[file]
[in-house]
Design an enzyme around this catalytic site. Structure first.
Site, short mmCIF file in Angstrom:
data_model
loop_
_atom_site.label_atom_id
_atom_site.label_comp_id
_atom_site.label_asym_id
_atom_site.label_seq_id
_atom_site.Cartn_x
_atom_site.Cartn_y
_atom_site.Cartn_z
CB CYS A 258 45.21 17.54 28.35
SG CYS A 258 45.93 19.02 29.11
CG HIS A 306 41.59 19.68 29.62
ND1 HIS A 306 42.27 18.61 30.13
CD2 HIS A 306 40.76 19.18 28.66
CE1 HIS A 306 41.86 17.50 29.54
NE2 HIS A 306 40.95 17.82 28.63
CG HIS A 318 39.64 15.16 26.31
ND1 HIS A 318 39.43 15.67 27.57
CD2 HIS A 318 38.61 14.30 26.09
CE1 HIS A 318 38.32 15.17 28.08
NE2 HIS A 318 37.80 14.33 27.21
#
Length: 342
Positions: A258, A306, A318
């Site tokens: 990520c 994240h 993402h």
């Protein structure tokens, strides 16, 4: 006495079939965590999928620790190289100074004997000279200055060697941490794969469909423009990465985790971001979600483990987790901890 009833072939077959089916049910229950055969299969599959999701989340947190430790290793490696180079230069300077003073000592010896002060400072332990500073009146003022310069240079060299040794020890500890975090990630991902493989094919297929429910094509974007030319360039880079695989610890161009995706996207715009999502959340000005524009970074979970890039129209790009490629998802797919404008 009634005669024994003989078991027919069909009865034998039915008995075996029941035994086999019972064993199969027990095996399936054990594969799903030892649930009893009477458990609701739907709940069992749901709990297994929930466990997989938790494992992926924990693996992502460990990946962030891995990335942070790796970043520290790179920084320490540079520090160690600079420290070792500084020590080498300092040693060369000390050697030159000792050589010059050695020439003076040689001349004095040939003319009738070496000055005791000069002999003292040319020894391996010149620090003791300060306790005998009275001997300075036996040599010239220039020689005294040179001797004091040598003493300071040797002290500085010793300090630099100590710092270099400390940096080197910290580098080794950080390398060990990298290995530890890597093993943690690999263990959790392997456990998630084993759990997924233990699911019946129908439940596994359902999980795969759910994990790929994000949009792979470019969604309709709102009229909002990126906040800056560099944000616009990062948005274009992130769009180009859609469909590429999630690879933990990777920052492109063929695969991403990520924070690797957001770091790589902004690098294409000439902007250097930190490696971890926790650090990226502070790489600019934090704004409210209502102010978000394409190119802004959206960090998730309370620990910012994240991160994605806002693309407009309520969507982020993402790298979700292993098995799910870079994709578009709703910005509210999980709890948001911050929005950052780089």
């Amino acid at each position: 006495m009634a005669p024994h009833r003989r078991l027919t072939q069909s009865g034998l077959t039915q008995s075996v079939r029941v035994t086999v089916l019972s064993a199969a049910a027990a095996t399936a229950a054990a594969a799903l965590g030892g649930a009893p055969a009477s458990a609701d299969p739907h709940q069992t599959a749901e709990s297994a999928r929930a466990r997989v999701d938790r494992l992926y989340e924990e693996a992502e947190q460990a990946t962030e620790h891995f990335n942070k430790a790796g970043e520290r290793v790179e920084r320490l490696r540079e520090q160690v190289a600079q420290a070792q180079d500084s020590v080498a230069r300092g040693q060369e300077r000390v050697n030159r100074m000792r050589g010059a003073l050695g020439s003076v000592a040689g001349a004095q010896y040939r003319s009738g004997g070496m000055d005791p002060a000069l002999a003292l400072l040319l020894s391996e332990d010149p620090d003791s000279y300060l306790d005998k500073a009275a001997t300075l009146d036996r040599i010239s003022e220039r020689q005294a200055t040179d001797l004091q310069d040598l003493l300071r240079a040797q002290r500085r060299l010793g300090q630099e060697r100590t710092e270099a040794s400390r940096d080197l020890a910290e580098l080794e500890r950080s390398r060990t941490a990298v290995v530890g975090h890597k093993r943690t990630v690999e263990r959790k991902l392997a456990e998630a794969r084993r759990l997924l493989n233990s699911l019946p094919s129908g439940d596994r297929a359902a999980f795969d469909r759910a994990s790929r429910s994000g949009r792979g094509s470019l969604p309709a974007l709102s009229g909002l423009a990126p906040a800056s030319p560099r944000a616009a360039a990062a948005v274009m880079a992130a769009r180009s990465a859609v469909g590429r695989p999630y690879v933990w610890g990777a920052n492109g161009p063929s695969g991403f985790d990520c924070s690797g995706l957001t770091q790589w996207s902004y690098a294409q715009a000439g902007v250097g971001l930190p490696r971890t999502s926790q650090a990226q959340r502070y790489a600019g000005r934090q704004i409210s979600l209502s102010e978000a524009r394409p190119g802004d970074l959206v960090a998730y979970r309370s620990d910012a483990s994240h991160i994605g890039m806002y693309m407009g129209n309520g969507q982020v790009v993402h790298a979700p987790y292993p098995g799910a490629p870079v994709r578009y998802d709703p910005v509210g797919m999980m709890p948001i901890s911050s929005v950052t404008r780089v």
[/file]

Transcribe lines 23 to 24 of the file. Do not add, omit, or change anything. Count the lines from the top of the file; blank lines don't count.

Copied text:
CE1 HIS A 318 38.32 15.17 28.08
NE2 HIS A 318 37.80 14.33 27.21